When the distillery was taken over by the WALKER-STEVENSON-SAVAGE trio in 2017 the mission was clear: to make GLEN ALLACHIE something other than a whisky intended for Blend (Clan Campbell and Chivas) and to transform it into a first class Speyside. 


Two elements were available to the new team for this purpose:

- a large stock of distillate (dating back to 1978);

- in addition to an already experienced team, the distillery now had a master-blender worthy of the name: Billy WALKER.


A brilliant chemist who worked in the whisky world through Ballantine's, Inver House Distillers (with a certain Graham Stevenson), Burn Stewarts and recently at Benriach (where he worked with a certain Trisha Savage) with whom he leads the GLENALLACHIE adventure). In short, the one recognized as "master of the quaich" (master of the quaich - you know the little tasting vessel found in every Scottish wharehouse) knows something about it!


To say that all this little team knew each other and could only do great things once they were together...



Before releasing the distillates of the new mill (for which the fermentation time was extended to 160 hours), which was expected to be more fruity than the old one, stocks had to be taken care of. To do so, the range was set up and offers a 10 year cask strength (to be tasted here), a 12 years, a 15 years (to be tasted here), an 18 years and a sublime 25 years (to be tasted here).


But you will say ok they are already very good and proposed at their good maturity, but not yet the WALKER paw (even if they are signed by his hand).


BILLY WALKER has decided to stand out from the crowd by offering on small series of distillates from stocks, but to which he will have applied a finish linked to his great knowledge of subtle wood blends and of the different types of burning and charring of the casks.


He has thus produced a range of now 6 limited series (3 in 2019 and 3 in 2020), all of which have in common a first ageing of 7 to 9 years in American oak casks. He then decided to "travel" his distillates to the United States, Spain and Portugal. Thus was born the Wood Finish ranges (batch 1 and 2):

- 10 years Port wood cask (8 years in American Oak and 2 years of finish in top-of-the-range ruby port casks) in 2019 ;

- 11 years Port wood cask (9 years in American Oak and 2 years of finish in ruby port) in 2020;

- 12 years Pedro ximénez cask (10 years in American Oak and 2 years of finish in puncheons of the same name) in 2019;

- 11 years Moscatel (9 years in American Oak and 2 years of finish in Moscatel cask) in 2020;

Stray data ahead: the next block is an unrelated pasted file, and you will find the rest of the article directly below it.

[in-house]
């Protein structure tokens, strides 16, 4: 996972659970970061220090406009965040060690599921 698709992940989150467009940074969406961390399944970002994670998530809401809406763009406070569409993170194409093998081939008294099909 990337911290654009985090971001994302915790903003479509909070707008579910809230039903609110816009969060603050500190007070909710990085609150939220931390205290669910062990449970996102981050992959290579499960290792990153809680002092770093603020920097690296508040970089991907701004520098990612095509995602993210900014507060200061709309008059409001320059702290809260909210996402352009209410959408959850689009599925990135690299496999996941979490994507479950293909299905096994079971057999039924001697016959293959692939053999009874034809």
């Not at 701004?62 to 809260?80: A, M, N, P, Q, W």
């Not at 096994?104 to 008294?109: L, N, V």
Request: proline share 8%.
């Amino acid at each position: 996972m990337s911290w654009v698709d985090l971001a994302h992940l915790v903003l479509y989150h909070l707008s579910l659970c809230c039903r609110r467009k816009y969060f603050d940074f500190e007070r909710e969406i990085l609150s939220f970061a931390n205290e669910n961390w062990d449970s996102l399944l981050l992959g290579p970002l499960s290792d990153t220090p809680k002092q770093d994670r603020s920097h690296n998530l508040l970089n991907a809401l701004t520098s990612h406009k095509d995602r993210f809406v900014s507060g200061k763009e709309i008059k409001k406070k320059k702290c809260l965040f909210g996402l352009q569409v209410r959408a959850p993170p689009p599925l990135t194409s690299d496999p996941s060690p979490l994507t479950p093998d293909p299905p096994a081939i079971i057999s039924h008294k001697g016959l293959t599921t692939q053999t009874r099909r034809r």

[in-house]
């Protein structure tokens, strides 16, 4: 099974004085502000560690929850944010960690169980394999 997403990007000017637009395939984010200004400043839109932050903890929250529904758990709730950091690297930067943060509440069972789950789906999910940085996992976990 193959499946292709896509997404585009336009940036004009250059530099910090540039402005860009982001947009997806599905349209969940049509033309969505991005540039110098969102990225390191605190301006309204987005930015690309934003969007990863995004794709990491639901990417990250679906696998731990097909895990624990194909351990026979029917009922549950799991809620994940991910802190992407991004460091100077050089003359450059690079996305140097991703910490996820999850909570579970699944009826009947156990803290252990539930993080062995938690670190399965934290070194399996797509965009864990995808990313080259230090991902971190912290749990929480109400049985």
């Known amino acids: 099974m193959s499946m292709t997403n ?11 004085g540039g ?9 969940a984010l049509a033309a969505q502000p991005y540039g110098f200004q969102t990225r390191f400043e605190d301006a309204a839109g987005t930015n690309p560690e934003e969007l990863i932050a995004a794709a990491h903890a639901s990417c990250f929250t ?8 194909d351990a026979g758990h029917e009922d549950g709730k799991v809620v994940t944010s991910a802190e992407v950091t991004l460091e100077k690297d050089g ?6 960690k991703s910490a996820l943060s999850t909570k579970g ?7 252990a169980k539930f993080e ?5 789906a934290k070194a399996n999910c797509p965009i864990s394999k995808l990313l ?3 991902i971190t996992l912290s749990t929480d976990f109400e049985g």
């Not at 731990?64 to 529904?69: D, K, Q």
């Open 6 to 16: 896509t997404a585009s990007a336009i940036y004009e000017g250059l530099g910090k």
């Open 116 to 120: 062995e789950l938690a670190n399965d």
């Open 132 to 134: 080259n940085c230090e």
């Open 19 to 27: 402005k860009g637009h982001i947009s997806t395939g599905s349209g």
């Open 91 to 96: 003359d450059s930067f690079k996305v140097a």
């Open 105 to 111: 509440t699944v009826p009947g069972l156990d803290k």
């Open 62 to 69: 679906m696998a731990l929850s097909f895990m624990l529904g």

- 8 years Koval Quarter Cask (a 50 litre barrel finish directly from Illinois to the United States after a period spent in American oak barrels) in 2019.

- 9 years Rye (finished in Rye casks from Kentucky after an initial period spent in American oak) in 2020.


In short, a beautiful range of colours, from ruby red to gold, mahogany and bronze, and a sharp aromatic palette, since often if ageing in American oak is close, everything will play on a sometimes subtle finish!



That's why today we will try to find a difference between the two "rye" finishes: 8 years Koval Rye quater cask wood finish vs 9 years Rye wood finish.


As far as colour is concerned, you need a trained eye at the start of tasting to see that the gold colour of the 8-year-old Koval is a little lighter than the second (at the end of tasting there are no more differences! 😉). In any case, it is the finish which will be the less coloured of the original whisky.


On the nose, the finish in an organic Koval cask will reveal a bit more spice than the single rye. Anyway the smell of an American rye is very present and surprising when you are in the presence of a GLENALLACHIE.


The Koval finish will therefore be more inclined towards rye and especially spices (such as nutmeg and pepper) due to the fact that it is in a smaller barrel than the 9 year old Rye finish (smaller so more contact with the wood of the barrel). The Rye wood finish will therefore be a little less marked in spices and more in cinnamon. After the first nose, in both cases, the spices dissipate to reveal sweeter notes of vanilla and honey. These common notes will remain present on the Koval finish when the end of the Rye's nose is more focused on citrus fruits.


Both whiskies have an alcohol content of 48% so there should be no difference in strength.


Paradoxically to the taste, it is the opposite of the nose. The finish in small cask (which had a more spicy smell) is sweeter than the finish in Rye cask which will be more sustained. The first one will enter the mouth gently and with quite sweet notes (well marked "rye" nevertheless one will not be mistaken). The rye finish will be tighter and more spicy than the first one (the spices could perhaps come from a year more spent in American oak barrels than in rye barrels (organic or not, small or large barrels).


Afterwards the two finishes will nevertheless come together on the more usual notes of GLENALLACHIE (citrus, vanilla, spices and apples). One does not remake oneself. The finish comes out at the beginning when the real whisky comes out afterwards. It feels like a cowboy movie drinking a scotch that reminds us of rye.


The finish of the two whiskies is quite close with long slightly bitter notes of rye mixed with citrus fruits (those of the Koval finish will perhaps be more on lemon and those of the rye on orange).


In both cases, Billy Walker's wish to offer special, good and outside the flavours appreciated by the brand's enthusiasts without confusing them is successful. These two whiskies offer a nice trip from the north to the center of the United States through Speyside and deserve a little tasting.


I can't wait to do the same thing in Portugal or Spain... if you feel like it, don't hesitate to log on facebook for the tasting guided by the Keppers of quaich in person on May 7th at 7pm (Speyside time!)